Second marriage with Esther de Levie (1863), six children: Sally (1898), Marcus (1903), Bram (1896), Heiman (1894), Simon (1900-1926) and Sara (1907).
    Marcus was mentioned in the news in 1929, because he was knifed by a German, whom he tried to help. The German attacker was returned to Germany and Marcus did not receive any compensation. His hospitalization was paid for by the Hengelo municipality.
    Bram was married to Hedwig Cohen (1898). They had two children: Harry Simon and Johnny Magnus.
    Sally married Aaltje Bakker; they had one son named Hartog.
    In 1943 Esther was transported in an ambulance to Westerbork. Heiman, Marcus and the little Johnny Magnus died in Mauthausen and Sobibor. Bram also died during the war, location unknown.

    Mozes Herschel, goat butcher.

    Rabbi Wolf.
    Rabbi Wolf, nicknamed the "Jodenmeester," was the Jewish teacher.
    He had one daughter, Roosje.

    Family van Engel
    Mozes van Engel had three sons and six daughters:
    Son Daniel
    Son Nathan
    Son Aron
    Daughter Bertha
    Daughter Sara
    Daughter Miete
    Daughter Dientje
    Daughter Sientje
    Daughter Bet

    Son Daniel (1857-1909), a butcher, married three times:
    1. First marriage with Francisca Gruenewald (1869-1895), two sons: Nats (1889), a teacher and Mozes Aron (1888).
    2. Second marriage with … Frank, one son Salomon.
    3. Third marriage with Johanna Gruenewald (1869-1943), three children: Ies (1903), Joeltsje (1896-1920) and Emma, who migrated to the USA.
    Johanna was hidden during the war in Holten, was betrayed and died in Sobibor. Ies was arrested during a great razzia in Twente in 1941 and died in Mauthausen.

    Son Nathan (1863-1932), married Hanchen Bendix, they had two daughters and five sons.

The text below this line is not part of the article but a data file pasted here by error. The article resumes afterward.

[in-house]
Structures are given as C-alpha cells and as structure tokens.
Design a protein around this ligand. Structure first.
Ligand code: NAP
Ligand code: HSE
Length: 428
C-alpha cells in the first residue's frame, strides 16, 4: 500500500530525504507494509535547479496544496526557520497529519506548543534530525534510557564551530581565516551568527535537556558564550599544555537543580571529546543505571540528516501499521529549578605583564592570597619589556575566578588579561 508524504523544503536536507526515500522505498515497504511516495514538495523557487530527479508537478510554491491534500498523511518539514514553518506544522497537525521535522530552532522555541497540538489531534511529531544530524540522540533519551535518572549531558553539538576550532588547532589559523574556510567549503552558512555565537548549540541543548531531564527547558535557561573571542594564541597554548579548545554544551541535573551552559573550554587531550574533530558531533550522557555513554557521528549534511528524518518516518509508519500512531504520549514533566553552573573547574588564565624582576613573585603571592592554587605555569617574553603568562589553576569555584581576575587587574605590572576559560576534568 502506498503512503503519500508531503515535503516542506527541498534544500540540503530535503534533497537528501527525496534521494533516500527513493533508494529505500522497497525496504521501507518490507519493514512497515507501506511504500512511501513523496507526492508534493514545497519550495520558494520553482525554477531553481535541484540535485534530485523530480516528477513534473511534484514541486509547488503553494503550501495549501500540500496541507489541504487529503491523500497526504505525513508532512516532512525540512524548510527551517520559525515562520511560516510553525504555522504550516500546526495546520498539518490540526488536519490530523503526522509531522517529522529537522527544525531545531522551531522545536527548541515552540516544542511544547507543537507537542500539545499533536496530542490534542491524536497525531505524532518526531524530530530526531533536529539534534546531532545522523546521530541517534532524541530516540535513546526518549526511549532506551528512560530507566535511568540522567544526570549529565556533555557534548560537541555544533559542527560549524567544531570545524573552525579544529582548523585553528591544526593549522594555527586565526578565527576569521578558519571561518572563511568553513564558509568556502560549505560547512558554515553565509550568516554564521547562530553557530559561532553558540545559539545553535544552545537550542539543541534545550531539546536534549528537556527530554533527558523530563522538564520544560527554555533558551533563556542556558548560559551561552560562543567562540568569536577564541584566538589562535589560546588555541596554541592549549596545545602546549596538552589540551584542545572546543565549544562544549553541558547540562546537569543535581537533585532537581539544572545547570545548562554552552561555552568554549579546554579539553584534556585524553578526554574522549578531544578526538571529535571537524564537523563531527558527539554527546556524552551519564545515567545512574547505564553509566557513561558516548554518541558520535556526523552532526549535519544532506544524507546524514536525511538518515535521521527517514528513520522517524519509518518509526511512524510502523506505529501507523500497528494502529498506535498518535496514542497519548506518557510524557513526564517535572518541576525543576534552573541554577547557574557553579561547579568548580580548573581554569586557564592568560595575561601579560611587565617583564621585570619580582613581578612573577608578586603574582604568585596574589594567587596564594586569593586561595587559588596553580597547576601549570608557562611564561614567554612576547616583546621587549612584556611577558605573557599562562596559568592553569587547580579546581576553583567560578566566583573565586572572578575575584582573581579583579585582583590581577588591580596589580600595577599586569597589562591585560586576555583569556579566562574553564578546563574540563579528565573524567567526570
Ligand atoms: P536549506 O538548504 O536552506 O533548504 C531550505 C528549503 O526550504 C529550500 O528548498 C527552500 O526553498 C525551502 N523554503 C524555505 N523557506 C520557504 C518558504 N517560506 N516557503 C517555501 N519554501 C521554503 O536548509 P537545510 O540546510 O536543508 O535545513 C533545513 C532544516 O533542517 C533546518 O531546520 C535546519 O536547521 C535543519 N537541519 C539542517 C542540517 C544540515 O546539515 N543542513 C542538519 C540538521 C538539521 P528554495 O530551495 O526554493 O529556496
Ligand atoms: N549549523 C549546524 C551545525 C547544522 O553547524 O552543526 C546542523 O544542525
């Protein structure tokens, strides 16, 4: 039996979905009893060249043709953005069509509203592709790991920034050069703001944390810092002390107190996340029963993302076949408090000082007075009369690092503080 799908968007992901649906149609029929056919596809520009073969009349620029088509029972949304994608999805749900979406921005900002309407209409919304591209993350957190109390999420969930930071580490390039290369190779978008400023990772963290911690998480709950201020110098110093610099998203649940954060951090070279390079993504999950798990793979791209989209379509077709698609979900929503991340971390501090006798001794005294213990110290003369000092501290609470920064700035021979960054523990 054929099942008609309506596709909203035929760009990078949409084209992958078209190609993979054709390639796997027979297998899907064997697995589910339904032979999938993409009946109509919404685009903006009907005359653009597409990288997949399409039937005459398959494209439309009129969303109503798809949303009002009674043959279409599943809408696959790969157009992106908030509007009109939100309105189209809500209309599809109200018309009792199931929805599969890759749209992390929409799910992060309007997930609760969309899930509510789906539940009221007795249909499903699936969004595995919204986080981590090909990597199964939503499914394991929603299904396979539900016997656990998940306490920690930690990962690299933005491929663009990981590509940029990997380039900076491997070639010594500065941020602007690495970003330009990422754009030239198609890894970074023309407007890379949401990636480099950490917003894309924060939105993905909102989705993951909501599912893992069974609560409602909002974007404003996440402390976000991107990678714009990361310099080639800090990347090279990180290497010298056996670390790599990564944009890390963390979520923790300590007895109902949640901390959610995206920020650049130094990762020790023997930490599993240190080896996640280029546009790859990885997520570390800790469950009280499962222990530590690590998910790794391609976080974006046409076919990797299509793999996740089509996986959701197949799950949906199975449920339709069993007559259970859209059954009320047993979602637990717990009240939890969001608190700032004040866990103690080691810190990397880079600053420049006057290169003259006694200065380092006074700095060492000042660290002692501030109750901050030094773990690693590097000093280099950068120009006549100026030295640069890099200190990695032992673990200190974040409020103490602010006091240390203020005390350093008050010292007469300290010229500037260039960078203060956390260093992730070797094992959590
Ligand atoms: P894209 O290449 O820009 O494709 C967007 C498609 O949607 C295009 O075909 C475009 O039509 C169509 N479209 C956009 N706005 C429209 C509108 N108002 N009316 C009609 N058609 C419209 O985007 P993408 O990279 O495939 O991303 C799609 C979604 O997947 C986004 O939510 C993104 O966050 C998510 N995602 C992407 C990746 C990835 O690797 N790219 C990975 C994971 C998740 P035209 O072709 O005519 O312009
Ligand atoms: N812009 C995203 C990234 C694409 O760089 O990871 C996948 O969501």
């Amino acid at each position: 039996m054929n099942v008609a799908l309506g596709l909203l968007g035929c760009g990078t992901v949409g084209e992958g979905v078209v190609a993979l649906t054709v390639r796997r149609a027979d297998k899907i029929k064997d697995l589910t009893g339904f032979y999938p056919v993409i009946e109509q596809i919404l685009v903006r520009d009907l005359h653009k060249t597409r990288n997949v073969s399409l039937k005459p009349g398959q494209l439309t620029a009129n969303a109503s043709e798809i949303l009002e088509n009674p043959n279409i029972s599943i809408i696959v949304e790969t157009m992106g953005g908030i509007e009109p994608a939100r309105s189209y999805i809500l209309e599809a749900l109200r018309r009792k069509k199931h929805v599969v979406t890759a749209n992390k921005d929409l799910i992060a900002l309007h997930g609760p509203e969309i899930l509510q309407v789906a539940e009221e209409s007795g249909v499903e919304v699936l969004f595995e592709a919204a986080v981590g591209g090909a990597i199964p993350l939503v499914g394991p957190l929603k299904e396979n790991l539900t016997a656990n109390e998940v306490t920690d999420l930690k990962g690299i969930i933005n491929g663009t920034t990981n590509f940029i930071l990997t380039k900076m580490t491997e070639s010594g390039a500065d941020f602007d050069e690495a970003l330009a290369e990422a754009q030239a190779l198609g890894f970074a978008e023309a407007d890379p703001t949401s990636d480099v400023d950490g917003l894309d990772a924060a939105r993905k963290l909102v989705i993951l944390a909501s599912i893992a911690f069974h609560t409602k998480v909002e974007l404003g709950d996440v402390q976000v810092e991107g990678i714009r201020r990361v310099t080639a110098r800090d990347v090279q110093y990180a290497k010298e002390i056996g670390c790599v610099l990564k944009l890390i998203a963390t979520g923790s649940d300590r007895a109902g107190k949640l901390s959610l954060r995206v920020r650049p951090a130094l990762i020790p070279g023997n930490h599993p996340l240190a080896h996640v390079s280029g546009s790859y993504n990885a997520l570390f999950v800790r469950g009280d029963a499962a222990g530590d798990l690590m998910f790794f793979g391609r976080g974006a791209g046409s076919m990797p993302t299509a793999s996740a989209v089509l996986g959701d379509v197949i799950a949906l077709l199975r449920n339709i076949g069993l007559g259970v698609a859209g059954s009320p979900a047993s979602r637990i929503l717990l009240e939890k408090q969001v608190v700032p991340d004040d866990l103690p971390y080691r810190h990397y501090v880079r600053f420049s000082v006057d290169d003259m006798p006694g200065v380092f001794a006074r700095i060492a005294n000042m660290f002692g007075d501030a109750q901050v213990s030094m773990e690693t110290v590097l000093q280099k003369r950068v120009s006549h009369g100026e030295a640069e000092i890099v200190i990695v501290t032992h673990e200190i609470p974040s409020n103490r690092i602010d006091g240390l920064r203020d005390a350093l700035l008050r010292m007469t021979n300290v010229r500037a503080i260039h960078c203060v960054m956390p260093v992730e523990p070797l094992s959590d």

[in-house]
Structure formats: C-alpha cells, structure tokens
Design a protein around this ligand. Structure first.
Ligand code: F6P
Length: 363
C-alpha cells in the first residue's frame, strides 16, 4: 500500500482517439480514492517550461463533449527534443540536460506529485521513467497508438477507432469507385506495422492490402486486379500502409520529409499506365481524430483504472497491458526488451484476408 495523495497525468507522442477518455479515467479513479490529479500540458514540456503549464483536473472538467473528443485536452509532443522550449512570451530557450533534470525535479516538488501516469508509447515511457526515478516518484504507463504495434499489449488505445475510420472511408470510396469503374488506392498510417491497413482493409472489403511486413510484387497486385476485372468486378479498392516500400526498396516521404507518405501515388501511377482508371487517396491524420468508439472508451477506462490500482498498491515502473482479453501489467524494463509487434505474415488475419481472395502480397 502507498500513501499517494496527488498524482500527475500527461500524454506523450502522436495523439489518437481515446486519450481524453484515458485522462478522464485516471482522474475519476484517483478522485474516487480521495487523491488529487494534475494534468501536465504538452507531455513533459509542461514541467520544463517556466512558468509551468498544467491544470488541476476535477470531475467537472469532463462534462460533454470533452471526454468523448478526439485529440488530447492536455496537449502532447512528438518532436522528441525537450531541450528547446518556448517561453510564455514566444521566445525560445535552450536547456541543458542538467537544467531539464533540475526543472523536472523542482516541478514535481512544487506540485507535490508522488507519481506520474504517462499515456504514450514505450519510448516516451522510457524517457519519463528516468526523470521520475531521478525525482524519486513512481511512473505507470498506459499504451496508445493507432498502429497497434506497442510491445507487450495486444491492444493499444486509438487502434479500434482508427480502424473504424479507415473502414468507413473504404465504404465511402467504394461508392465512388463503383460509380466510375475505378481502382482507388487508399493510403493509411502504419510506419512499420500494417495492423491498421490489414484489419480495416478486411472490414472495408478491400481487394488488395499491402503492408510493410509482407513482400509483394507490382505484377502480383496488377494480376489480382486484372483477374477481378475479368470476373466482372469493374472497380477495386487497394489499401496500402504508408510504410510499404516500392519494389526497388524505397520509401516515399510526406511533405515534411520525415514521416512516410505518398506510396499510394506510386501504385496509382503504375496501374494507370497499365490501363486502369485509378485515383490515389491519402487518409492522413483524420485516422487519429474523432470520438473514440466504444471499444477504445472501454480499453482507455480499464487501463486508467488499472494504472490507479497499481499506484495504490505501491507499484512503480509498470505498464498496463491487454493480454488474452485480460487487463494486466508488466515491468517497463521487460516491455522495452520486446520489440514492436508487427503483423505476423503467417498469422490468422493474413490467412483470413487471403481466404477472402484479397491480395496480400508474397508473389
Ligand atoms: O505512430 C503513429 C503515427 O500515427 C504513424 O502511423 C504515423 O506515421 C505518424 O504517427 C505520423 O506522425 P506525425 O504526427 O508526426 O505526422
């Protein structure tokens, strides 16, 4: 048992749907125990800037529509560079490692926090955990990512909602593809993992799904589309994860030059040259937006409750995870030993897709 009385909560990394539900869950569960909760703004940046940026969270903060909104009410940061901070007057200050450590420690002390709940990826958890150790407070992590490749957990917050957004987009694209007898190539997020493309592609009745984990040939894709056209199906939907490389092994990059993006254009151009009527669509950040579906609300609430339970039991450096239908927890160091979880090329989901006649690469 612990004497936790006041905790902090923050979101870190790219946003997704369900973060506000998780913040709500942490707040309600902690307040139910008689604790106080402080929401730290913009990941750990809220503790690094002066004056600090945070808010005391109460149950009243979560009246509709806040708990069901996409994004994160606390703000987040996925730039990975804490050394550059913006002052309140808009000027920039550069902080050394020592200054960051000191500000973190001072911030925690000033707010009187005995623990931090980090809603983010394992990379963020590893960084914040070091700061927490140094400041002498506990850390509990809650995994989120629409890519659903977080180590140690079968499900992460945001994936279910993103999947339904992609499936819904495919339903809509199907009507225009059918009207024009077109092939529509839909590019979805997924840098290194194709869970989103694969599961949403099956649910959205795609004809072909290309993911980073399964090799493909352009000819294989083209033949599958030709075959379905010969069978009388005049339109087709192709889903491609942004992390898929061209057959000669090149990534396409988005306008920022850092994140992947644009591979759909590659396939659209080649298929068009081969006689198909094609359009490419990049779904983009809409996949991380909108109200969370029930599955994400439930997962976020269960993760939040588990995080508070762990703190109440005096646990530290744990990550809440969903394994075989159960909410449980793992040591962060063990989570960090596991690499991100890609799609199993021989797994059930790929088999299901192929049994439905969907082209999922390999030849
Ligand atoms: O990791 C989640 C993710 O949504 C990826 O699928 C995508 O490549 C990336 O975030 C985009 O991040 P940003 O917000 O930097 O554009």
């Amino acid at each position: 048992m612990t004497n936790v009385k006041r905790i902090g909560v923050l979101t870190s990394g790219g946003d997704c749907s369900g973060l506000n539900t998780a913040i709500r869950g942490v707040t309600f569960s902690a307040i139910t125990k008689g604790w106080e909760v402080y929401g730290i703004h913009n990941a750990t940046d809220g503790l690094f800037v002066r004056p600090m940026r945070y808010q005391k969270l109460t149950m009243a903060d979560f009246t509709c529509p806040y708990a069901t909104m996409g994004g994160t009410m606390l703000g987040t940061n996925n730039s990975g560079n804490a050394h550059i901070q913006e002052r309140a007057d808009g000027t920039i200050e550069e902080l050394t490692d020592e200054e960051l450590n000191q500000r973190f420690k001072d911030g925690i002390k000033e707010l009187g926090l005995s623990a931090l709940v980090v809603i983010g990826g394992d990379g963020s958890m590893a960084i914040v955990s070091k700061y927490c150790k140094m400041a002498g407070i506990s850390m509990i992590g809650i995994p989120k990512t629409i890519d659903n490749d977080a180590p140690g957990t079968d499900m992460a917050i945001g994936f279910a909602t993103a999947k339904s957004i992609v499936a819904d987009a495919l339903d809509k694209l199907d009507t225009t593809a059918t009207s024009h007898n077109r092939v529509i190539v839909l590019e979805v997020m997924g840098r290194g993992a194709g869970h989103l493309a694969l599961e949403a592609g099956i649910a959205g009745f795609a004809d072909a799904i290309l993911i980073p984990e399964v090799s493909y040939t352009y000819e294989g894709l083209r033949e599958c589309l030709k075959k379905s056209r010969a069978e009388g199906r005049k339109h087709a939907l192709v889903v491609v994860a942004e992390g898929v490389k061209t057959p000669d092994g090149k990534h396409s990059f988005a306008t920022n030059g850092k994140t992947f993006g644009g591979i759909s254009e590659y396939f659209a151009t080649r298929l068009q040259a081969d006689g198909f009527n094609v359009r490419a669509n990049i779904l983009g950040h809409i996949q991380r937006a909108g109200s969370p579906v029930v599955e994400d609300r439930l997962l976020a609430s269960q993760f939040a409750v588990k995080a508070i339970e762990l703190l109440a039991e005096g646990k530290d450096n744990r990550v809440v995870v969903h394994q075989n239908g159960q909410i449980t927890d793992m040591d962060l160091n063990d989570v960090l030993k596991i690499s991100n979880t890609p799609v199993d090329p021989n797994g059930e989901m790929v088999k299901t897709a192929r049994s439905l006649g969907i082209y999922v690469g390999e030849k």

Two daughters: Roza (1900-1943) and Heintje.
    Five sons: Leo, Daniel, Marcus, Benjamin, Mozes.
    Mozes died in 1935. His wife and daughter Sonja were hidden during the war for two years and survived.

    Son Aron married to Sara Bendix, two children: Mozes and Mathilda.

    Daughter Bertha, married Lobstein.

    Daughter Sarah, married Boekbinder, daughter Rebecca

    Daughter Miete, married Elzas, eight children.

    Daughter Dientje, married Serphos, three children.

    Daughter Sientje, married Muller.

    Daughter Bet, married Herschel, ten children.
    Altogether father Mozes had nine children and about forty grandchildren.
    Only Sonja, a granddaughter of Bet, and Emma a daughter of Nats survived WW II.

    The Mullers.
    The four Muller brothers founded a butter factory in 1879. The founders were: Asser and Lion, nicknamed the "Botterjoerre", from Goor and Salomon and Wolf from Oldenzaal. They also traded in margarine and ham.
    Asser had three sons. Charles, nicknamed the "Groot'n Botterjoerre," Louis nicknamed the "Klein'n Botterjoerre," and Bernard. All three moved to The Hague.
    Lion also had three children. Emma, Heintje and Moewke. Heintje published a book on her family, and Moewke became a gynecologist. He was arrested and interned in Barneveld, where he died. He wrote a book "Memories of a gynecologist," published after his death by Bruna in 1948.